E-mailing a weekly or monthly newsletter to the people interested in your organization is a great way to keep them informed and engaged in your programs and events.

But there a few things about that newsletter that you have to be aware of to make sure you are not breaking the law.

Canada’s Anti-Spam Legislation (CASL) regulates who you can send your newsletter to as well as what the newsletter can contain.

First the good news – you may not be breaking the law. In fact, with most electronic mailing services, it is actually quite difficult to NOT comply with the CASL rules, as long as you are using their templates and services correctly.

Now the bad news – but it is still fairly easy to break the law if you are not careful. These laws came into effect in 2014 so if you are using a template from before then or using a template created by a non-professional, there is a good chance that template is not in compliance with CASL.

CASL basically has just 3 things in it that you have to be aware of:

  1. Consent
  2. Identification
  3. Unsubscribe mechanism.

Consent means that only people who have agreed to receive your newsletter can receive it. That means, you asked them physically to sign up to receive the newsletter at a fundraiser, gala, conference or you asked them electronically on your website if they wanted to sign up for it. As a safety tip – sending your newsletter to that person you ‘just know would be interested in reading up on your fundraiser’ is against the law. And you could be fined. And the fines can be quite high. For an organization, the fine can be up to $10 million.

One final comment about consent – there are two types of consent. Express and implied. Express consent is what is described in the above paragraph—someone wrote down their email address and name specifically to receive a newsletter. The implied consent would be person who volunteered at your organization or attended a fundraiser and the consent is implied. We at Zeal Access would suggest sending that person an email first asking them if they want to receive the newsletter first (i.e., switch that implied consent to an explicit one).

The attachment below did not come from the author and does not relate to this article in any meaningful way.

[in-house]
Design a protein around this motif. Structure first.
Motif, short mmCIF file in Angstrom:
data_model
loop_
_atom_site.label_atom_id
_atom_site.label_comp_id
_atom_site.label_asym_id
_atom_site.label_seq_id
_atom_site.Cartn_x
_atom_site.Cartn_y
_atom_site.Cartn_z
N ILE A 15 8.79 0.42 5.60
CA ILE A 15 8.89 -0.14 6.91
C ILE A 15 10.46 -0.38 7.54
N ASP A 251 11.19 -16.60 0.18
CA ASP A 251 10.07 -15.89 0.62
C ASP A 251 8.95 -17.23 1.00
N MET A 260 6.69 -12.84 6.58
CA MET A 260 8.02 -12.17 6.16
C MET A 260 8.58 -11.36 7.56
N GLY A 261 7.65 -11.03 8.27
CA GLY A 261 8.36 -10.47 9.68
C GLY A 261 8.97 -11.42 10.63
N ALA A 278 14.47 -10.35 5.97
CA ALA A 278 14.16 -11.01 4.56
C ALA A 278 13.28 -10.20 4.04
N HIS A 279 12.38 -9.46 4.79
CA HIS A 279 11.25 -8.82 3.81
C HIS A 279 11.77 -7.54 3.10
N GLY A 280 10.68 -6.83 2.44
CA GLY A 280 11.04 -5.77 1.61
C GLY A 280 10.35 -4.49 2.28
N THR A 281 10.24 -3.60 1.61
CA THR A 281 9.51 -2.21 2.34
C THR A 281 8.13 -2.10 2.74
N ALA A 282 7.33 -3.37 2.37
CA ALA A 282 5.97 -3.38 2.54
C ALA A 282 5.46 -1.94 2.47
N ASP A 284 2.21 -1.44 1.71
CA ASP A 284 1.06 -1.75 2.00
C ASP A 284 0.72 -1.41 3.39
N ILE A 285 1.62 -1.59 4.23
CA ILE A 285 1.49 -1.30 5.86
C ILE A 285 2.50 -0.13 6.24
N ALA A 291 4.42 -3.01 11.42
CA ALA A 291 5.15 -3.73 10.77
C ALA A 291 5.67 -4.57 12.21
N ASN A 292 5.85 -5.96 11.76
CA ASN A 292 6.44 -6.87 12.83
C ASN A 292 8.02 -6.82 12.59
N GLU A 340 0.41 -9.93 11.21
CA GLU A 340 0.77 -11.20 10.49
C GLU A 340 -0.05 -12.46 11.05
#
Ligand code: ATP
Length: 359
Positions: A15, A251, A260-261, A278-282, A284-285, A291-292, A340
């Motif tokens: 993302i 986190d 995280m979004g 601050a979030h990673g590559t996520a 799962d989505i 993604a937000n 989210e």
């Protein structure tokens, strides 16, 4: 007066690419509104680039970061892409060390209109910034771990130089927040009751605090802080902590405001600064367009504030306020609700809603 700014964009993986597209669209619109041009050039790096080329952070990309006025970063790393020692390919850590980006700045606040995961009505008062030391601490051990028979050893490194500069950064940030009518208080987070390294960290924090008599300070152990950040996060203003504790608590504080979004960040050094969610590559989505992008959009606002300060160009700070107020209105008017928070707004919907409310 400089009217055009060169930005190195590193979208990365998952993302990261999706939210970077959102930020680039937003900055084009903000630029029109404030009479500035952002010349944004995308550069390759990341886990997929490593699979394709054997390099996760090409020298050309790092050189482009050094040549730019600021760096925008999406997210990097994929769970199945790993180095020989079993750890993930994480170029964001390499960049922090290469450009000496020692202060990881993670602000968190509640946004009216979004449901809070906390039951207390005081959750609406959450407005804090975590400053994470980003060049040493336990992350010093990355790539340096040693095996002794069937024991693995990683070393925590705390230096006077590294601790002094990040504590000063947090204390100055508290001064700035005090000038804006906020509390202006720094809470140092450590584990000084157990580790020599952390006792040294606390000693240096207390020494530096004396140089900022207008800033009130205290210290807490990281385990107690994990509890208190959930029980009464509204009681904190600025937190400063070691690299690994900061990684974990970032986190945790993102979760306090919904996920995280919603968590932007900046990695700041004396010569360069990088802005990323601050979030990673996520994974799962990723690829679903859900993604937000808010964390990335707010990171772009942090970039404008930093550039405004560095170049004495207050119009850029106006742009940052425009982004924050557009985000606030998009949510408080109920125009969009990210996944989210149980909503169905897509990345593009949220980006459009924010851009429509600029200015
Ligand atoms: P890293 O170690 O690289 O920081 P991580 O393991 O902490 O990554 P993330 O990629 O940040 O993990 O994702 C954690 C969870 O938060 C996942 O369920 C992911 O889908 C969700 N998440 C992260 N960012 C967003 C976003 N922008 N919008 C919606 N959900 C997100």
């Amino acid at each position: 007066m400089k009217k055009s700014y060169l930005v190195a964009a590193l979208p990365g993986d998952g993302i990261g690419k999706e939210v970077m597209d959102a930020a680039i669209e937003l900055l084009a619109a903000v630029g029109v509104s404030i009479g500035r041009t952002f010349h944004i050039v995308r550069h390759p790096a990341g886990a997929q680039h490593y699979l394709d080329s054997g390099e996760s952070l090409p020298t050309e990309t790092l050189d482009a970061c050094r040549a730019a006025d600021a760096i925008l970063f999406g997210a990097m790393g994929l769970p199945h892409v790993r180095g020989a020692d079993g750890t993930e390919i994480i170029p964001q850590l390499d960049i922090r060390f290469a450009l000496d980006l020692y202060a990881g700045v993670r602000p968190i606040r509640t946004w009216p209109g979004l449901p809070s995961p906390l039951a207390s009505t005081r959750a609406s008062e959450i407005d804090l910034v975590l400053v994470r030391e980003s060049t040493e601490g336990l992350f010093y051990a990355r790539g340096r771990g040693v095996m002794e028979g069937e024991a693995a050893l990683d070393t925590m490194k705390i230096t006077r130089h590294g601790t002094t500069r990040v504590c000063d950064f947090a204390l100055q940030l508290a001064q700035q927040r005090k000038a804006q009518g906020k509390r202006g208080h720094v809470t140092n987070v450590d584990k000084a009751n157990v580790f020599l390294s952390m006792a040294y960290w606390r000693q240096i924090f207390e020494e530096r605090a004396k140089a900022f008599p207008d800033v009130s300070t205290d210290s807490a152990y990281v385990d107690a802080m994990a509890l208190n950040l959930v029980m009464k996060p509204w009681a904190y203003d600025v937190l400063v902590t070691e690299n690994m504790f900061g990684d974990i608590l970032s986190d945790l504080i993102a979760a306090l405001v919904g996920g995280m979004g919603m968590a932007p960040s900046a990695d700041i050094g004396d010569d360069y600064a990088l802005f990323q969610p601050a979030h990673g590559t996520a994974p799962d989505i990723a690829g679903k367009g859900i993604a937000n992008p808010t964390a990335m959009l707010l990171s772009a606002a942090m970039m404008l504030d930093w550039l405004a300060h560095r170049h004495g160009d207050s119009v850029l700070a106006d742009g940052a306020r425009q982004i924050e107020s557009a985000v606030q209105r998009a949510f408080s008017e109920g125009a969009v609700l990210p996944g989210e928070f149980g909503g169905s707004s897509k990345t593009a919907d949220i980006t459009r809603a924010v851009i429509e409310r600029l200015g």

Identification means that the newsletter must state clearly what organization the newsletter is from. This includes its name, address, phone number, and/or url.

Unsubscribe mechanism means that somewhere in your newsletter there is an icon that the person can click on to unsubscribe to future newsletters. And if they unsubscribe to the newsletter but still receive the newsletter after doing that, your organization could be fined.

It is strongly recommended that only 1 person be in charge of the mailing list. When multiple people volunteer to assist in managing the newsletter, different mailing lists can lead to confusion over which is the most up-to-date list that only contains those people who have subscribed to the letter (and not unsubscribed).

Finally, it should be noted that CASL applies to any newsletter an organization sends that includes information about fundraising events, charitable lotteries, the purchase of goods or services by the organization, or any advertisements. So, if your newsletter just contains news and information about the latest research or past events, CASL would not apply. HOWEVER, it is still strongly recommended that those newsletters still comply to the 3 basic tenants of CASL (consent, identification, and unsubscribe mechanism). It’s better to be safe than sorry.

Two brief videos about CASL are shown below.